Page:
Letter: Students must respect taxpayers’ money

In a television interview on Thursday, a leader of student protests stated that they are only claiming what they were promised, namely free education. Let us leave the question of who made the promise . . .

We all know that free education is a misnomer. What the students are asking for is education fully funded by the taxpayer. At the risk of being told that I am commodifying education, I must practise what I preach.

The student who qualifies at a tertiary institution receives lifelong private, call it personal, benefits from the qualification obtained. At the same time, the community reaps the social benefits. Therefore, from the economic point of view, both parties have to pay.

The students cannot expect to reap private benefits from an investment which they did not partly fund. The community cannot expect to reap social benefits from an investment which they did not partly fund. The student’s investment is by means of fees, the community’s investment by means of the tax money that subsidises the educational institutions.

There are cases where our political economy provides private benefits which the recipients do not pay for. Healthcare and income maintenance programmes for people with personal circumstances that warrant tax-funded support are such private benefits which those people do not pay for.

When tertiary education is reclassified into a category of public services for which the taxpayer must foot the full bill, the recipients of the private benefits of education will have to accept a liability towards the taxpayer who so generously made the full investment in their education.

Full tax funding of tertiary education will have to come with stringent conditions attached. The students must complete the qualification of their choice within the minimum prescribed period of study. Any extension beyond the minimum period will be loan funded. This loan will be repaid within the same number of years of employment as the duration of the study.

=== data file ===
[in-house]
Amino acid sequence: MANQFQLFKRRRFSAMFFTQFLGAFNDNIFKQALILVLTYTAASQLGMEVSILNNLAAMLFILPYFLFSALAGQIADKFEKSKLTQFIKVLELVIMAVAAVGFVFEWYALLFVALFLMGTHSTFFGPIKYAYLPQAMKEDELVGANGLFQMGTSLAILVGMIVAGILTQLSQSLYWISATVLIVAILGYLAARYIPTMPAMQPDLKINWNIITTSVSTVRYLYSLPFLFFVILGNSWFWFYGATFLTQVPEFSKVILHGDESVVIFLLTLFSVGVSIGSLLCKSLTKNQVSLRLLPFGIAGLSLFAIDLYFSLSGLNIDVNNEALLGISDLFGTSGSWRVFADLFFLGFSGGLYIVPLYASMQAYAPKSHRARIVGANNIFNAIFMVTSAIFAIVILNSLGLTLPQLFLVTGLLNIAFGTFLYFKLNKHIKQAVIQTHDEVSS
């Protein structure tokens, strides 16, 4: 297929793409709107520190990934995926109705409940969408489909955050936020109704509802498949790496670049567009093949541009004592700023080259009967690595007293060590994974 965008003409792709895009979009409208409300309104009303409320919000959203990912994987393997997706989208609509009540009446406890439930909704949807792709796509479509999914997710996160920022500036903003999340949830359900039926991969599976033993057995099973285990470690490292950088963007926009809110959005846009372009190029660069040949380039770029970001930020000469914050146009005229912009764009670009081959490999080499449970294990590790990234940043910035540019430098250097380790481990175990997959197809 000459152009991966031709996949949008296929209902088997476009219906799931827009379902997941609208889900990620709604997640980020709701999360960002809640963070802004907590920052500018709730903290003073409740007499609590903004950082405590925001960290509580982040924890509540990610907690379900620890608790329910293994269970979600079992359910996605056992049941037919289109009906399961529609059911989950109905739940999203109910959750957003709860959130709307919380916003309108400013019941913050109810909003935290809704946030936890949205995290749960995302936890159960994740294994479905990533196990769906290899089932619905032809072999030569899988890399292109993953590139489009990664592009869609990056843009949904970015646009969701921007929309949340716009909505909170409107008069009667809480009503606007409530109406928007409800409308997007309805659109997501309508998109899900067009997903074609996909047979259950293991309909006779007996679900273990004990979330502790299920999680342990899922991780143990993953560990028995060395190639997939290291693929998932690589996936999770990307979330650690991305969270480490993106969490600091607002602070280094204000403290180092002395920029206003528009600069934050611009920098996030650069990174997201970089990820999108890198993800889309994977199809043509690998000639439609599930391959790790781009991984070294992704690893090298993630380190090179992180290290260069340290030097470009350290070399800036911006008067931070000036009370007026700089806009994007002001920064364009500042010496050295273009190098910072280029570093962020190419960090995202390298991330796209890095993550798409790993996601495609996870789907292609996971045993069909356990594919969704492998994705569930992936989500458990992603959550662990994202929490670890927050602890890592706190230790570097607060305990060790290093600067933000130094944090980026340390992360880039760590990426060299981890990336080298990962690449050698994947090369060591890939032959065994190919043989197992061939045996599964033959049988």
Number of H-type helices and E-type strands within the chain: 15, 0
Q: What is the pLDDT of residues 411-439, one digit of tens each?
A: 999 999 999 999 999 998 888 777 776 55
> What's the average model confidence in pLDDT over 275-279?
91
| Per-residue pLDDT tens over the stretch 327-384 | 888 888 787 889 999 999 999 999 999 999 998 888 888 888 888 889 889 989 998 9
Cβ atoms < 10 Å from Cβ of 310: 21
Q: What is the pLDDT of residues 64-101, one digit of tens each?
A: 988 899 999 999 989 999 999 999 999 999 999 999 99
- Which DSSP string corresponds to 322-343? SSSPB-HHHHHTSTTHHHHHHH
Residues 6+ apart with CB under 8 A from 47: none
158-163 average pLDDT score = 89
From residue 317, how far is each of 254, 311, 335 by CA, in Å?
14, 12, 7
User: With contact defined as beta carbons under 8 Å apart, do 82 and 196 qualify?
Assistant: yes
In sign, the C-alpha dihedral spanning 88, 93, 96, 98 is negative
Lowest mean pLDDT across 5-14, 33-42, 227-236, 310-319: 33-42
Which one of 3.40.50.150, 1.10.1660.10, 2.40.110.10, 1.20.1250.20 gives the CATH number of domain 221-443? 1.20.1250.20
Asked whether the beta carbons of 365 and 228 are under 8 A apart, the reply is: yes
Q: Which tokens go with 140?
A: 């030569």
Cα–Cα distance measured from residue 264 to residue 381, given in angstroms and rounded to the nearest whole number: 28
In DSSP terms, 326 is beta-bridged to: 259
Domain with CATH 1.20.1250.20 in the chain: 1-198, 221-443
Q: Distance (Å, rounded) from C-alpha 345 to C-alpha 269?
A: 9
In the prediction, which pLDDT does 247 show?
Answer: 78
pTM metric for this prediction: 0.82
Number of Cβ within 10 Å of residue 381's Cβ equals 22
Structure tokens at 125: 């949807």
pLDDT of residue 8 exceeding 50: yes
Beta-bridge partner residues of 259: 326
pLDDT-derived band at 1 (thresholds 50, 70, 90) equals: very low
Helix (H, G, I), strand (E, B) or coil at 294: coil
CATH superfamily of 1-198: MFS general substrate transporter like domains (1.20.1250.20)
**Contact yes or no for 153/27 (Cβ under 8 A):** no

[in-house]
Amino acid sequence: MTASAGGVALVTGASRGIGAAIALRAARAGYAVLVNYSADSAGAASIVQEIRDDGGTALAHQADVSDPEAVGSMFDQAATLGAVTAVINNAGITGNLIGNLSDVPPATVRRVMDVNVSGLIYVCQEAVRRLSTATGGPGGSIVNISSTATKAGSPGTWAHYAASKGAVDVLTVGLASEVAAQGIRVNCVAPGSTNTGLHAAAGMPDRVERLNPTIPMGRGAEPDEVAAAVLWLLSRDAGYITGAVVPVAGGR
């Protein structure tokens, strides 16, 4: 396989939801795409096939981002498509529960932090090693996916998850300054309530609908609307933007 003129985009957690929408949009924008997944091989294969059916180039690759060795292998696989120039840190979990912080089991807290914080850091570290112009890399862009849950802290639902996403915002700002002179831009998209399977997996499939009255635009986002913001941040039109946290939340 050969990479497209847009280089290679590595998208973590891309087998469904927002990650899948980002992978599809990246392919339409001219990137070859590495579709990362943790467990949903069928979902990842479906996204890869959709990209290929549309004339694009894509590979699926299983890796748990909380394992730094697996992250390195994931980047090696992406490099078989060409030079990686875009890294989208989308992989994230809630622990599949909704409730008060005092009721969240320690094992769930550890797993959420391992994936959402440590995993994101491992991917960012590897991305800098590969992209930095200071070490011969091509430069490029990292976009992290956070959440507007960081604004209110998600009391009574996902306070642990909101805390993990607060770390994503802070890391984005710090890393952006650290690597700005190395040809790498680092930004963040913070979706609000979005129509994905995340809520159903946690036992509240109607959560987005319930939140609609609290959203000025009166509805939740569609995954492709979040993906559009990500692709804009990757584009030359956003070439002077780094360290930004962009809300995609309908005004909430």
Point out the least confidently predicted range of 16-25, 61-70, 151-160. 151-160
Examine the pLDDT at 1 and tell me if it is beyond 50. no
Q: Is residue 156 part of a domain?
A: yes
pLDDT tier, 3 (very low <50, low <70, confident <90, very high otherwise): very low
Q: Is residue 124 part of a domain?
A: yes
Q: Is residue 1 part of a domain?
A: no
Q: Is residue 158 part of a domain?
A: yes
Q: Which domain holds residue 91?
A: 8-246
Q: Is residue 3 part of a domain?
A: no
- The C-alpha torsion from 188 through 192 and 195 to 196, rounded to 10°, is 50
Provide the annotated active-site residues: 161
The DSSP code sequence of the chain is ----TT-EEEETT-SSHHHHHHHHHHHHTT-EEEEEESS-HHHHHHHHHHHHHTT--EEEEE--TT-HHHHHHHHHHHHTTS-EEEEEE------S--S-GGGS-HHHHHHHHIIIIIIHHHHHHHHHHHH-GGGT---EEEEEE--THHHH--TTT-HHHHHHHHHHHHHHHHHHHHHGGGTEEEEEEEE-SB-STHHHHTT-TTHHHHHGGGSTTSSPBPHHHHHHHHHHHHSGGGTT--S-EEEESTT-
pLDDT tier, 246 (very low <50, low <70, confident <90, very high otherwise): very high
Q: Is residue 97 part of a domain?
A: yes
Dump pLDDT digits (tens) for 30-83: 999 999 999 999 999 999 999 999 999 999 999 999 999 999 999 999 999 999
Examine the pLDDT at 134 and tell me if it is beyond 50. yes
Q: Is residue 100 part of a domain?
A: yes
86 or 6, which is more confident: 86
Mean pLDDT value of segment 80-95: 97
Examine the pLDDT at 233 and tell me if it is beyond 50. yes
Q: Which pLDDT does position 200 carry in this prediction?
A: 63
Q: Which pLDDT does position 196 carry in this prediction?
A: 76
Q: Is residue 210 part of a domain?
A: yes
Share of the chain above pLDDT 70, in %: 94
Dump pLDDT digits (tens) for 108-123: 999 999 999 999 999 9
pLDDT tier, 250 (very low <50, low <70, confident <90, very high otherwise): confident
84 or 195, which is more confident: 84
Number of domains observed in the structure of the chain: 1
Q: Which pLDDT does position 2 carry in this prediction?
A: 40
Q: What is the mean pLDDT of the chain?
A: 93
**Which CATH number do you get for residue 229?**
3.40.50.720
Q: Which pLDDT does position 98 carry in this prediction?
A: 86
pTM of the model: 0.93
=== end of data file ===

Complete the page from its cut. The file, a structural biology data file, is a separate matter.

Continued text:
A second condition will be a payback period, but not in cash. Nothing more than taking up any occupation of choice, but staying in that occupation in South Africa for a period equal to the length of study. In that period, the former student will become familiar with the duties of a taxpayer.

Given the problems within the South African school education system, universities can restructure their degree programmes by adding another year, but at the same time making it possible for students to complete the qualification in the original shorter period.

The moral of the story is that the recipients of tax-funded tertiary education must show the same respect for the taxpayer’s money which they would like to see future generations show their tax money.

It can do no harm when the beneficiaries acknowledge that the poor count among the taxpayers from whom they want to receive what they mistakenly call “free” education.

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